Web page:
Professor David Johnson
Professor David Johnson came to New York to pursue finance, but ended up
discovering economics – which led to a full time career in education.
From Massachusetts to Connecticut, from Wall Street to York College. It has been quite a journey for Professor David Johnson, a Massachusetts native who ended up moving to New York to pursue a career in finance.
Upon his arrival, he worked on Wall Street in stocks and bonds, and soon became fascinated with economics. Professor Johnson eventually began to pursue higher education and went on for his master’s in the field of economics after which he was hired by Salomon Brothers Investment Bank.
Johnson was offered a part time job at York in 1984. Within the academic year, he was asked to stay as a full-time faculty member and has been here ever since. With various degrees, including a B.A. in physics and an M.B.A. in accounting, Johnson tries to bring his varied and interrelated skill set to the classes he teaches, sharing relevant information both current and historic, connecting it to his text in meaningful ways.
To him, the best thing about teaching is the students, and he tries very hard to keep them attentive through his humor which is often times needed when dealing with a subject that can be hard to follow at times. When asked what was his greatest achievement, Johnson replied “It’s still to come.”
His advice to students: “Read the text carefully. Meaning, don’t skip over sentences you don’t understand. Those details may cost you answers on a test. Make a note about anything you are unsure about and seek clarification.” He also encourages students to minor in something they’re interested in, as it will set them apart from others.
His favorite movie: The 1982’s Ridley Scott cult classic Blade Runner.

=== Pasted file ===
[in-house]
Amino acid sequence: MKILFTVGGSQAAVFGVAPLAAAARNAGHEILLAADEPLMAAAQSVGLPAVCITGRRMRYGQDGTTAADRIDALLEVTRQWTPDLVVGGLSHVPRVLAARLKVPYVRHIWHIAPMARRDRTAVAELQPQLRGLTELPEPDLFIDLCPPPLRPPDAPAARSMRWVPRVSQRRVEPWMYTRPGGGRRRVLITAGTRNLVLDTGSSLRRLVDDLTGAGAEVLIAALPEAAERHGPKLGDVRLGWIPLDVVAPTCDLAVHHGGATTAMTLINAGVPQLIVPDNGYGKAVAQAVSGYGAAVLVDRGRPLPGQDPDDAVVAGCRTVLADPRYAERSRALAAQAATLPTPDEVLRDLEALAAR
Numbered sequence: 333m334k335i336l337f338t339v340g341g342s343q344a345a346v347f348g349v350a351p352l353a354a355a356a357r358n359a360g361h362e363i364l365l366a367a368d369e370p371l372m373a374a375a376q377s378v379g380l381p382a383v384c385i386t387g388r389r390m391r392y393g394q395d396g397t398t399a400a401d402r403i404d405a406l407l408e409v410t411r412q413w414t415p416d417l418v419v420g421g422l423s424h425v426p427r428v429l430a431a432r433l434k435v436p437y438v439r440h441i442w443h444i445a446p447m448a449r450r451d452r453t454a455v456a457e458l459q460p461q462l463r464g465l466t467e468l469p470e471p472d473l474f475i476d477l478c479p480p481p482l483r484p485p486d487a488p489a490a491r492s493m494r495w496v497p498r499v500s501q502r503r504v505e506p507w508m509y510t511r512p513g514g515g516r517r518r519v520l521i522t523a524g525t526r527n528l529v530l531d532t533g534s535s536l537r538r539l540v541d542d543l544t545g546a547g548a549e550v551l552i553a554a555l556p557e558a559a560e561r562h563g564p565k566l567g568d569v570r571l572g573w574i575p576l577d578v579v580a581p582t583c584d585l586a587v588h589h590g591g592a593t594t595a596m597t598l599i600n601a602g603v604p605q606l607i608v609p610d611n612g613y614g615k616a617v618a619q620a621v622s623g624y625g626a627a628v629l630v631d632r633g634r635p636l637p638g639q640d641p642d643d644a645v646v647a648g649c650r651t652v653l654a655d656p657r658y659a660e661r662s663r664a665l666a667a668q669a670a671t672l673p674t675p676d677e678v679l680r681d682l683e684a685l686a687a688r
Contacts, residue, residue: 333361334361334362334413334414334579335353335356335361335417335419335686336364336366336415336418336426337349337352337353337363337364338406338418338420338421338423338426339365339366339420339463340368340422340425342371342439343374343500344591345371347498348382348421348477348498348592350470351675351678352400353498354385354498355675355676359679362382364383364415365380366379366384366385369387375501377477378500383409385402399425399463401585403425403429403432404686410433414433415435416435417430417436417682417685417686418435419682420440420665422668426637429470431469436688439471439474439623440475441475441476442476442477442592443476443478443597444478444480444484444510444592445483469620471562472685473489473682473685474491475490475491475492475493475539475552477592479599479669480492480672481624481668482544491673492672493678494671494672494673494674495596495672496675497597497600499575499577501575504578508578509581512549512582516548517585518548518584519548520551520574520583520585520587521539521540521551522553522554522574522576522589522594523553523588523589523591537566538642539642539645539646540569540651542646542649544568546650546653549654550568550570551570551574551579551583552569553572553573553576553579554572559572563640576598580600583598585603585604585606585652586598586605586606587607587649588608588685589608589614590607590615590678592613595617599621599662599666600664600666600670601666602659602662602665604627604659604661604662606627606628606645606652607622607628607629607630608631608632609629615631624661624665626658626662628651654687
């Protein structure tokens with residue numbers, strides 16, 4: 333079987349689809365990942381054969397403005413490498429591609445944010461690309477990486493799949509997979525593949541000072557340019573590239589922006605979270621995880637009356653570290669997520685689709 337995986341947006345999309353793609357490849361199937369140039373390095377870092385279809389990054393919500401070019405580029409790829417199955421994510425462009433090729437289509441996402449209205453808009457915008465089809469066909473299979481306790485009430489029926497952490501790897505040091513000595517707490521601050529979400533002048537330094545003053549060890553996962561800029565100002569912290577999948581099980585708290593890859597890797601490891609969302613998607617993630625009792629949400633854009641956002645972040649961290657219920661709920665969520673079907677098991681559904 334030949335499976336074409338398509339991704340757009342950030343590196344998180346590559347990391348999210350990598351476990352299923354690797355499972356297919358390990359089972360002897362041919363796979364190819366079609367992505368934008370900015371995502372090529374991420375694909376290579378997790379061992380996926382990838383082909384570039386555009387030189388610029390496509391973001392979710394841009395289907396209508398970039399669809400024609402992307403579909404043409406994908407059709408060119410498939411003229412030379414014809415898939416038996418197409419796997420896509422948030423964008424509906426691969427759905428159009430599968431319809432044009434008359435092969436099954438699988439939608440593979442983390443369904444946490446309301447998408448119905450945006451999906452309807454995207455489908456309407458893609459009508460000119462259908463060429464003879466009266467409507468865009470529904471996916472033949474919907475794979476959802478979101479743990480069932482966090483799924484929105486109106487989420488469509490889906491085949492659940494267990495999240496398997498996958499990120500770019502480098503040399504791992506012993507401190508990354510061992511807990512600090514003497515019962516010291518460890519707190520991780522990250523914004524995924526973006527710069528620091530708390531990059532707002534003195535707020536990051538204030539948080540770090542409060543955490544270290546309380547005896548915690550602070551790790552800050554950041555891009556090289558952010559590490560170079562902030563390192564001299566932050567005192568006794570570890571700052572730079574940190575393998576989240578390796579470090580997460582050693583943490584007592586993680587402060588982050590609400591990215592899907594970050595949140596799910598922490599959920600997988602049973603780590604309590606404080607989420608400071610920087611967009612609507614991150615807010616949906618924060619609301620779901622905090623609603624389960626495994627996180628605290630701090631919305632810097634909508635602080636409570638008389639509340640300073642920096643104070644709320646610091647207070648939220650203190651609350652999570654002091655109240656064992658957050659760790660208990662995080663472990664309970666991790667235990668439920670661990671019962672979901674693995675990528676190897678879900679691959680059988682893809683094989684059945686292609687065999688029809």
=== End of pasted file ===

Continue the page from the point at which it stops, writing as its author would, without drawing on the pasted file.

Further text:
Fun Fact: In the late 70’s to early 80’s, Solomon Brother’s Investment bank is where big names and influential figures would have their financial business taken care of. During his time with the company, Johnson worked under famous wall street economist Henry Kaufman.
Dr. Lindamichelle Baron
Dr. Lindamichelle Baron is the chair of York’s Teacher Education Department. But she is also a famous author, poet and motivational speaker who has published her creative works a number of times over the years.
Dr. Lindamichelle Baron was born and raised here in New York. She attended NYU and graduated in 1972 with a bachelor’s in child education. She then attended Columbia University and earned her master’s in reading in 1976. She was a New York City public school teacher for several years before returning to Columbia and earning her doctorate in Cross Categorical Studies in 1999.
Dr. Baron established her own educational consulting firm and publishing company, Harlin Jacque Publications. The company was started 14 years ago and she is both the founder and President.
Through her company, Dr. Baron has written and published six of her own books including The Sun is On, Rhythm and Due and Anthony Ant and Grady Grasshopper. Several of her books have been integrated into several education programs across the country including right here in New York City. Her poetry has even been featured in a music and dance production called The Groove that Got the Move of Us.
Dr. Baron worked as what she calls an “Edu-tainer.” She visited different schools consulting teachers in the classroom and working with young students doing poetry. She recalled many of the students she visited remembering her poetry and being excited to meet her.
Advice to Students: “Students need to really recognize that they need to step up to the expectation and not expect an institution to lower the standards.” She recalls that when she was attending college as an undergrad, there were students starting school at an older age with other responsibilities like working full time. “They did not expect the professor’s to give them less work, because they had other obligations.”
Favorite Writer: Langston Hughes
Dr. Baron says that Hughes’ writing influenced her style heavily. “If I look at my style of writing, it was more emulating his sensibilities in terms of so much of his work had music and rhythm and was conversational. It was embracing being of African descent and taking it as a positive.” She mentioned that his writing in that sense “came from a love of self.”
Fun Fact: During her teen years in 1967, Dr. Baron was a member of the NAACP youth council and helped petition to get a college in the Jamaica, Queens community. Little did she know, she would be helping establish the college where she would later be chair of the school’s education field.